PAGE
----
The nice thing about Vegas shows is that there are always deals going on. If you are looking to see a show, call ahead of time and see if there is a dinner/show combo, a sale for the season, or a military discount. BE SURE TO CHECK BLACK OUT DATES. Each show has two days a week when it’s “dark” (or off), in addition to some holidays and rehearsal/tech breaks, so check out the websites ahead of time.

In my next post, I’ll go through some other worthwhile shows to check out. This one is all about Cirque du Soleil because I love what they represent and how they’re willing to expose audiences to new experiences through theater. Their music is live, not recorded, so there’s a sense of immediacy. This is even more present with the performers. It’s fascinating for me to see what happens when a landing doesn’t stick, or a grab gets missed. It’s a testament to showmanship that such mishaps don’t derail an act. It’s good for kids to see how to handle mistakes.

I had a vision of me singing the forest song in Ka, and rather than wish I tried to manifest that dream. I sent in a video audition to be a singer. They said I could reapply in three years. I bet I’m not the only one with that dream. Still, there’s a little Cirque in all of us, and I encourage you to see it unfold in an impossible city.  If you cannot, see if one of the touring show is around you. You will not be disappointed!

Enjoy the show, and bon voyage!

When the World is Too Far Away

I’m hemmed in the Midwest with snow and work. Now that China is done for the time being, and Paris is back across the ocean, and half my family is scattered to the corners of the country like so much chaff, I have to settle down and make enough money to pay for my student loans and miscellaneous bills. It strikes me as reassuring and also terrifying that my health insurance payments will never stop. It’s like I’m betting every month on the strength of my heart and obscurity of my appendix.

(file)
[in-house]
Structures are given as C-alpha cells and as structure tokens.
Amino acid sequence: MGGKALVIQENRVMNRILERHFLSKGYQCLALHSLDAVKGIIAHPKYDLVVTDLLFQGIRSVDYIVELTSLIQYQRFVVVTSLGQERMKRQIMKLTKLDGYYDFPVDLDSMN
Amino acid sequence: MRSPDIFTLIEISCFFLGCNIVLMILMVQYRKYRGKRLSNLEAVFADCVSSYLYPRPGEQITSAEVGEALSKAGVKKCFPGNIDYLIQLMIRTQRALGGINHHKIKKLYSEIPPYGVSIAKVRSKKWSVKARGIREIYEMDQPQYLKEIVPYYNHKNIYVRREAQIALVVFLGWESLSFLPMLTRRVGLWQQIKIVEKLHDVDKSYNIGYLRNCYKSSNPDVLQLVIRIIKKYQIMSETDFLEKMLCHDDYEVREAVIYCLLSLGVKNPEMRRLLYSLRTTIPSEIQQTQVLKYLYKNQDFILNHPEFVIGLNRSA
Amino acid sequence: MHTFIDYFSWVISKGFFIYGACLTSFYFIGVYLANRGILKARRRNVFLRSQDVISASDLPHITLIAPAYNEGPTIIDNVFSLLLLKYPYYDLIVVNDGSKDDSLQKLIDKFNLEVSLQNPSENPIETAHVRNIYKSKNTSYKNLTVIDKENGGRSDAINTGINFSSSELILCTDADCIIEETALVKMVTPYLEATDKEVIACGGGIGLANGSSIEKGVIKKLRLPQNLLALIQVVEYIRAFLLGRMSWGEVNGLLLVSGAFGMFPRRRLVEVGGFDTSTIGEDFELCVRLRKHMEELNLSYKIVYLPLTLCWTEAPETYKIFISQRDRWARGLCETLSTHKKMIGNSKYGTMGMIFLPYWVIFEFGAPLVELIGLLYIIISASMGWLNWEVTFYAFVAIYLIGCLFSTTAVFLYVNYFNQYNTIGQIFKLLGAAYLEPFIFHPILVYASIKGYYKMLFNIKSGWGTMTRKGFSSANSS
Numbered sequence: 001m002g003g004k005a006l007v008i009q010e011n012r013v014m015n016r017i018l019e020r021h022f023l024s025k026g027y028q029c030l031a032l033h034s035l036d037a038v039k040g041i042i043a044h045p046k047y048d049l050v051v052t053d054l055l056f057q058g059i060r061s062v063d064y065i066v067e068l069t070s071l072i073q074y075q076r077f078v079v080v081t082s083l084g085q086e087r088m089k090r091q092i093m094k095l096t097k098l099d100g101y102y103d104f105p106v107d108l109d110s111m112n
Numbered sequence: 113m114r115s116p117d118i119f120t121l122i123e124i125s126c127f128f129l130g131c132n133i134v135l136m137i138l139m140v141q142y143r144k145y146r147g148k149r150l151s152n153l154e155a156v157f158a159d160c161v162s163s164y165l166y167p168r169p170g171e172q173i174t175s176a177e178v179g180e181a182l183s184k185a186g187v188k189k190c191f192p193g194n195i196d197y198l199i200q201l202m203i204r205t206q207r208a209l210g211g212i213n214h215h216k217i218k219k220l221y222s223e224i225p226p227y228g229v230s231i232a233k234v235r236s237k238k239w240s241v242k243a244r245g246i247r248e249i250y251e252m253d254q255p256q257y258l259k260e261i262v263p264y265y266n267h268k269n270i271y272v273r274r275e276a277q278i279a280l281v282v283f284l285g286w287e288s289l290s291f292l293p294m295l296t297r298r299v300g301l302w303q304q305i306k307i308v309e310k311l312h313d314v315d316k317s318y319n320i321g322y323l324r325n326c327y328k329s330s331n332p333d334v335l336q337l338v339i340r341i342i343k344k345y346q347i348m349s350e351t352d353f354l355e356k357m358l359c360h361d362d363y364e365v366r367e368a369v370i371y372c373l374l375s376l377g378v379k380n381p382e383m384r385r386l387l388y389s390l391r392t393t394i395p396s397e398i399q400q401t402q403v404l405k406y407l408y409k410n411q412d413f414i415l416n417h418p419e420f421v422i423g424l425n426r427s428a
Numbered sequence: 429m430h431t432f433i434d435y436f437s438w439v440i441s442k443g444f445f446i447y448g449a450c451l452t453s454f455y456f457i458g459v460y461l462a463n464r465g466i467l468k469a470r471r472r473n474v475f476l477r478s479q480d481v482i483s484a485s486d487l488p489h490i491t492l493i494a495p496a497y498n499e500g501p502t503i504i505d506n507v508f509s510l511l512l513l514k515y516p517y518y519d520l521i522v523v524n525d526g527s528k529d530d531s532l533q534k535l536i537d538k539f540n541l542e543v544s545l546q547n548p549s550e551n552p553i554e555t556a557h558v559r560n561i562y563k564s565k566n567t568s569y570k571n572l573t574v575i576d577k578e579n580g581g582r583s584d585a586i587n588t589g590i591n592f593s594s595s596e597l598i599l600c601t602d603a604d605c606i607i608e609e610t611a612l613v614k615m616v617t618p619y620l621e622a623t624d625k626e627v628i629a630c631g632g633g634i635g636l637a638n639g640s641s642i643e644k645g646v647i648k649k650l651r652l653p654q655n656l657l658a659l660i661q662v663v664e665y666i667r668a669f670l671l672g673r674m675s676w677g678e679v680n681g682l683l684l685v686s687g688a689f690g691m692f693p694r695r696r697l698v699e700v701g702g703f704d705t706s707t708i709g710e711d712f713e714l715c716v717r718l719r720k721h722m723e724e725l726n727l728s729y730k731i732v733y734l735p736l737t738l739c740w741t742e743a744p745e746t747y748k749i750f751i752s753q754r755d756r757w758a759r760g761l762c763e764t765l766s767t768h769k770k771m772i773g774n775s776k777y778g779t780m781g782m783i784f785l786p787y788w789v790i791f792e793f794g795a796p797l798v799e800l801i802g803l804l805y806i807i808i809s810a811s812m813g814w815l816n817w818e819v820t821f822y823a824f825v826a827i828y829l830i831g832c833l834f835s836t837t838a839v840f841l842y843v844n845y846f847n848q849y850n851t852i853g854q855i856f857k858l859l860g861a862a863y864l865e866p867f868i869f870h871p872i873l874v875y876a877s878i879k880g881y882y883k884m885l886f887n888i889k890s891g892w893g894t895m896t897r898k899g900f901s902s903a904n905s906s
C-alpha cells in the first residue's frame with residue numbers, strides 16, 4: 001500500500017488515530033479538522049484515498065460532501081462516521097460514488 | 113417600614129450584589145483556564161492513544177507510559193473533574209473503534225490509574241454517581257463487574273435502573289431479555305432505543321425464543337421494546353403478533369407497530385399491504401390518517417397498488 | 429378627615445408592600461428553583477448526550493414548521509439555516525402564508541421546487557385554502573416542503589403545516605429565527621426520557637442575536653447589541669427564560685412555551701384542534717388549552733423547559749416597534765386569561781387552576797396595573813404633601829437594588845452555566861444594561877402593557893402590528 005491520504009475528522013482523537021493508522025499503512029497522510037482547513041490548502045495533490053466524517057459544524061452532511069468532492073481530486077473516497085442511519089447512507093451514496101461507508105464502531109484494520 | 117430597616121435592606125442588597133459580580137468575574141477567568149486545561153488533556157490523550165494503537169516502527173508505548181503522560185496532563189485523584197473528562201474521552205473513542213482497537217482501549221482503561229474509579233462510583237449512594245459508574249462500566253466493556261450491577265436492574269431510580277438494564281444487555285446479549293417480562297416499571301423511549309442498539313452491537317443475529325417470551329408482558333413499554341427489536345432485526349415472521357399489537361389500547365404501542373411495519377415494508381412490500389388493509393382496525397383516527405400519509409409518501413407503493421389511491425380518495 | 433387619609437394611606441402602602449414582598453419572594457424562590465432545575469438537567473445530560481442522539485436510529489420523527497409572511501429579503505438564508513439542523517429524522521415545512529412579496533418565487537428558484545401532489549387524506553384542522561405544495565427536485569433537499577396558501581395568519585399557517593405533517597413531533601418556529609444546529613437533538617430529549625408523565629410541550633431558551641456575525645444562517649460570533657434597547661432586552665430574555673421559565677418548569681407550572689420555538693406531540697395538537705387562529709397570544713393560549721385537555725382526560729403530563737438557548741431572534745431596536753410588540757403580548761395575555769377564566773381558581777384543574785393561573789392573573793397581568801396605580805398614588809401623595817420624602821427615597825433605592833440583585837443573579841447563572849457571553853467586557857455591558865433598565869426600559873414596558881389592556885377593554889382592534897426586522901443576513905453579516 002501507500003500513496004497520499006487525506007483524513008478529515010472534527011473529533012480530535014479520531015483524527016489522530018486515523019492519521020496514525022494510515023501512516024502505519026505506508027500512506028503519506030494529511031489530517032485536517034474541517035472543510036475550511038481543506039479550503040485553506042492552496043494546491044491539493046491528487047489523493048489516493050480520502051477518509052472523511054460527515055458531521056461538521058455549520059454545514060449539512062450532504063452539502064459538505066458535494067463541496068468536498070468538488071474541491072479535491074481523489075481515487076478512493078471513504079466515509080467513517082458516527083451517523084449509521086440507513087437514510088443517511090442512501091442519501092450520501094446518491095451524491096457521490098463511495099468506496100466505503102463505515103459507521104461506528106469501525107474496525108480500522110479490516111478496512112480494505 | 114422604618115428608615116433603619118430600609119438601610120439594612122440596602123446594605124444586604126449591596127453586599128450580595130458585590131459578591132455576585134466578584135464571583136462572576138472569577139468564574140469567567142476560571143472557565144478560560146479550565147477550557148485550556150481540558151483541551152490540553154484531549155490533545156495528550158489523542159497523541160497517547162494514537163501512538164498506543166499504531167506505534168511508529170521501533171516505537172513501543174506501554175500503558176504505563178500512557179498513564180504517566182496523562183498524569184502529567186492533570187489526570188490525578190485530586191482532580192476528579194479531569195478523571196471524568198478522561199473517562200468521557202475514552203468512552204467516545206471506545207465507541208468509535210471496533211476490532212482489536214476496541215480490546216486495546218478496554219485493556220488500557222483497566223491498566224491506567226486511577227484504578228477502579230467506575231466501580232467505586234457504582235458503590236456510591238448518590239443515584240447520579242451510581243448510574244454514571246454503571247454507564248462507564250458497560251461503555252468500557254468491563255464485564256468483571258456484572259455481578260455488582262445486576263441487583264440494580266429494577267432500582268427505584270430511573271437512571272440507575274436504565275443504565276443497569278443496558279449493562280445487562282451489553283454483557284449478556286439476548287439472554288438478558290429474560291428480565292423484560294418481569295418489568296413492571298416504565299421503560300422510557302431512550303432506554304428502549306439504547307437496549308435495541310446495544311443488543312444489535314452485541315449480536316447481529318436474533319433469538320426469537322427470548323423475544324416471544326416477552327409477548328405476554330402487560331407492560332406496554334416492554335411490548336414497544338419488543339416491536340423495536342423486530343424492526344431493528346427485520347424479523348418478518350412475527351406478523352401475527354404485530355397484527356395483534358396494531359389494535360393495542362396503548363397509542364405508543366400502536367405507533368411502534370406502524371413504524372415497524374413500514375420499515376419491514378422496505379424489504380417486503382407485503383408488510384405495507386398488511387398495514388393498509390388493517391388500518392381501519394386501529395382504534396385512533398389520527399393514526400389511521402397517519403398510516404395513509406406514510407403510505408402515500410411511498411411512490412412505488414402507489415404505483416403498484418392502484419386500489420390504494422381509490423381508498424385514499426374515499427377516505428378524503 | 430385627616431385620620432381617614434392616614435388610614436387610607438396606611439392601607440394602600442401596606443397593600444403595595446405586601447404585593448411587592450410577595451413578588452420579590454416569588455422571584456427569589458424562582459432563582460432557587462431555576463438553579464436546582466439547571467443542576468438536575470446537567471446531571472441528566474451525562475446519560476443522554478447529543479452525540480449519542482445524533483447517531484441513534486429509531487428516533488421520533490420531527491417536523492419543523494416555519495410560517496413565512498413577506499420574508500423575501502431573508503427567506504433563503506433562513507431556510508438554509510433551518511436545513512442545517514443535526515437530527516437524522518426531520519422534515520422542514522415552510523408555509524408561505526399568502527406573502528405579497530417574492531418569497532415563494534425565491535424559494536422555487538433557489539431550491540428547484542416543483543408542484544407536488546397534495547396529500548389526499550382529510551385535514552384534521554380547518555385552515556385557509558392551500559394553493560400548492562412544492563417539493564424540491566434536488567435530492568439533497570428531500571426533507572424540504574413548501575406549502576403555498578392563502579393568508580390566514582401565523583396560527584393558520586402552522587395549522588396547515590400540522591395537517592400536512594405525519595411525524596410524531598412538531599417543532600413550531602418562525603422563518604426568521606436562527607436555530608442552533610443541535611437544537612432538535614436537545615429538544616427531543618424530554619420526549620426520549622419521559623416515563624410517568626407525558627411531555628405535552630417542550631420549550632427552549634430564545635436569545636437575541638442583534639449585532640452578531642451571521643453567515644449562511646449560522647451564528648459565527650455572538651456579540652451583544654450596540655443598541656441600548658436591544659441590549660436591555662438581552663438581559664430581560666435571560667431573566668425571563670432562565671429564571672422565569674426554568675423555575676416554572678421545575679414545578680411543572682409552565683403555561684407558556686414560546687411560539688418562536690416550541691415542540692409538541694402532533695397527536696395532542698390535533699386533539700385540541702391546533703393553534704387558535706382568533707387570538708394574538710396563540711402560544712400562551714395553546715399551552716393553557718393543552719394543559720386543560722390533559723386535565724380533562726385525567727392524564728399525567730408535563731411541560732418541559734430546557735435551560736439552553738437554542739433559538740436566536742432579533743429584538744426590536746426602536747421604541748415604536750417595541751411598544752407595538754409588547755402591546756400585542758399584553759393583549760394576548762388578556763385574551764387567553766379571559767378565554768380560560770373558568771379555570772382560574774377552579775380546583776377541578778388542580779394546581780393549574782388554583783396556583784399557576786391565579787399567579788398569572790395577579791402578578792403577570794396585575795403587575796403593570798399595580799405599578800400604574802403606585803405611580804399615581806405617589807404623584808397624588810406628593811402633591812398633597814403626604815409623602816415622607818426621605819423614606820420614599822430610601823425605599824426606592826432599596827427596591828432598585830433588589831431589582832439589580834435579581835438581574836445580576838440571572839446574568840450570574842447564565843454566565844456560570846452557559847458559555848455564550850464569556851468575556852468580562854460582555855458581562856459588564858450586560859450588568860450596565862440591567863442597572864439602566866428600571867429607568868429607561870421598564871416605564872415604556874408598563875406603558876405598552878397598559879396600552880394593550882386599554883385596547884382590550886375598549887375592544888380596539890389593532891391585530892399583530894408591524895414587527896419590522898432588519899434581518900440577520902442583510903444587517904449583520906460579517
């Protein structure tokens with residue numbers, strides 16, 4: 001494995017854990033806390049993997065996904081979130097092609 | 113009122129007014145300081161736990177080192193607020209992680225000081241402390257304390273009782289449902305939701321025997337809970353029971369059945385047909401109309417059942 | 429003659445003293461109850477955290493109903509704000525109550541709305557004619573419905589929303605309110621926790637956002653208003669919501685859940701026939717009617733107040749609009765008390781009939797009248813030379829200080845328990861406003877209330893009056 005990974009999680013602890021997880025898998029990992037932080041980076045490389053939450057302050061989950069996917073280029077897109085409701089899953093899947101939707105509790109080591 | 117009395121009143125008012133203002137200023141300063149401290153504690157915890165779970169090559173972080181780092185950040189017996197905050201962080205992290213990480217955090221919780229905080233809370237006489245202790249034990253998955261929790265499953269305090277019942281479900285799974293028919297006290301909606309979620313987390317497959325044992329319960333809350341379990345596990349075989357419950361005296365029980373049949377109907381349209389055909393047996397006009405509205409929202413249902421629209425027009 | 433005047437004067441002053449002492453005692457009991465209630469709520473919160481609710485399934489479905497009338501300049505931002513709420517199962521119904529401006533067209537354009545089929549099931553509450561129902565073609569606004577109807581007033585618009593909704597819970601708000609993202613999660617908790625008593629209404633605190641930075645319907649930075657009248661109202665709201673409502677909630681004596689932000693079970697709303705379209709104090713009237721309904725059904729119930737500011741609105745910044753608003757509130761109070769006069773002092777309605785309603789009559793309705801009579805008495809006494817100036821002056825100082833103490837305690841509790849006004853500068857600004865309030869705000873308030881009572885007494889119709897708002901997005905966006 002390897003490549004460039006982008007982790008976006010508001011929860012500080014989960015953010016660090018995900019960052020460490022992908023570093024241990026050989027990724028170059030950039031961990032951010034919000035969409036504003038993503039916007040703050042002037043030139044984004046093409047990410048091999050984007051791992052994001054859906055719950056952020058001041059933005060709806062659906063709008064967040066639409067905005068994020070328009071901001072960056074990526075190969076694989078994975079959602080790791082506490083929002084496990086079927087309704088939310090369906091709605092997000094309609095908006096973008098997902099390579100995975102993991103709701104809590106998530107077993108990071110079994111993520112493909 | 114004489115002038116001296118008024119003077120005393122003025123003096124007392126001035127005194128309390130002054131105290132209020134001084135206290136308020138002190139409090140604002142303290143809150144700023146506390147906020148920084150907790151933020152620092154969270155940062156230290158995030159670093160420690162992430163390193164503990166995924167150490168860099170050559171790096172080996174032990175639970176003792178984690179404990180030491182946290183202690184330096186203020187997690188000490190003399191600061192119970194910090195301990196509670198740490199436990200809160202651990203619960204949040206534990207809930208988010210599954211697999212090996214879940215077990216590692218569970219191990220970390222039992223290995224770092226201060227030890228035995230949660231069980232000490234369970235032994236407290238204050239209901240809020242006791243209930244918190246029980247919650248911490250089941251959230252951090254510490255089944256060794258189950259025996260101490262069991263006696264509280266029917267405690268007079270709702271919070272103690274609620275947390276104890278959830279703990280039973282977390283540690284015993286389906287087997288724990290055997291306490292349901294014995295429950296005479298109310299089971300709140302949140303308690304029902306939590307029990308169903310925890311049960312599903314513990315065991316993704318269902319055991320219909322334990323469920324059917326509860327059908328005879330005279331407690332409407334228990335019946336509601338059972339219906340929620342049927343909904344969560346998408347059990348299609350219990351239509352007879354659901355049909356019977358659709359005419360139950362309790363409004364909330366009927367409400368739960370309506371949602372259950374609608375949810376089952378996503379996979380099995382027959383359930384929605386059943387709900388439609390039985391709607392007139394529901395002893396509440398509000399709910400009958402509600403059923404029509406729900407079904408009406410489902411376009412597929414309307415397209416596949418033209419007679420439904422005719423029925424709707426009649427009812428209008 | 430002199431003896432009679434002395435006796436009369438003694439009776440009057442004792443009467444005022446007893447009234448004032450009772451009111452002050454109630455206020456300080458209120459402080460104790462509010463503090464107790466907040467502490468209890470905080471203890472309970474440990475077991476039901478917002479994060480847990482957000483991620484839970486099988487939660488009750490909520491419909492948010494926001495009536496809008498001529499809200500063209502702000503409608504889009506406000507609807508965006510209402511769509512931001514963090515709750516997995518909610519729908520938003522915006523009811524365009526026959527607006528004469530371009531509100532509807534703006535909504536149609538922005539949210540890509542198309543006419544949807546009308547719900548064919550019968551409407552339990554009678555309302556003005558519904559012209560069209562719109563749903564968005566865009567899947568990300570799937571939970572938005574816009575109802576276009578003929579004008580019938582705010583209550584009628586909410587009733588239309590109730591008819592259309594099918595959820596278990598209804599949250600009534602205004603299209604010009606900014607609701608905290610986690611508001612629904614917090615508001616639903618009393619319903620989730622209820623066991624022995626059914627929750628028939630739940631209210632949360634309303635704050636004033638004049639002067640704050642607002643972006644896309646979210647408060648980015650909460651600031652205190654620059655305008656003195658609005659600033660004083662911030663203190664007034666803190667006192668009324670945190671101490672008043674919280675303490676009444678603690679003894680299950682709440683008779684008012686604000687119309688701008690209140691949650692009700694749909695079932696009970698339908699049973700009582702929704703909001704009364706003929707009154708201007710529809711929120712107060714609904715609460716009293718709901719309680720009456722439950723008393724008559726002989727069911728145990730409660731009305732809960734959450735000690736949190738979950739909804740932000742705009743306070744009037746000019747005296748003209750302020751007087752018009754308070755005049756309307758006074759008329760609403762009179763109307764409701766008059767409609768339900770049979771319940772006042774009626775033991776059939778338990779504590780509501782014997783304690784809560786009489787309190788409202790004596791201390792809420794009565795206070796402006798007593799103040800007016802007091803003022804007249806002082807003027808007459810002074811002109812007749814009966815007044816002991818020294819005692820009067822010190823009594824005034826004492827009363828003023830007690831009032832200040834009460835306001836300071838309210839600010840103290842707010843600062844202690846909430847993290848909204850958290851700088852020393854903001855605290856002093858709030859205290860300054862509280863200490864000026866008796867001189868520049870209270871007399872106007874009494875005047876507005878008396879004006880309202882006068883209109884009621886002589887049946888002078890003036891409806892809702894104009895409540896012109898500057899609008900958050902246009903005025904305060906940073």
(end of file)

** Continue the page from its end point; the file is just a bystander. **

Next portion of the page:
When all you have to look at are sleeping fields and trees, brown and quiet and solemn in their repose, the landscape starts to blur together and get smaller. The far horizon line might just as well be right in front of you, for all that everything looks the same. The internet is a poor companion for the world. It gives us information, yes, but nothing tactile or stimulating to the body as a whole. My Pinterest boards are stuffed with photos of locations and landscapes. My Facebook wall is full of lists like “45 places that Actually Exist!” and “20 pools you will never find unless you own a diamond!”

Aside: The use of “actually” is beginning to bother me. Why wouldn’t they actually exist? How many lists are out there of places that in no way exist in real life? I would probably click on “45 places that only exist in your mind” because that would be intriguing. Saying a place actually exists is like saying you found a dog that actually barks. Of course it does!

It’s a blessing to find a moment of connection. I was cleaning and de-cluttering the hosue when I found my link to my life of travel – an old, old VHS tape.

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Belly dancing Slim Down – with Leena and Neena the twin belly dancers! Sensual music! Hip scarves with jingling bits of metal on them! Voiceovers that don’t quite match up with the actual choreography! I kicked off my sneakers, popped in the tape, and went back in time.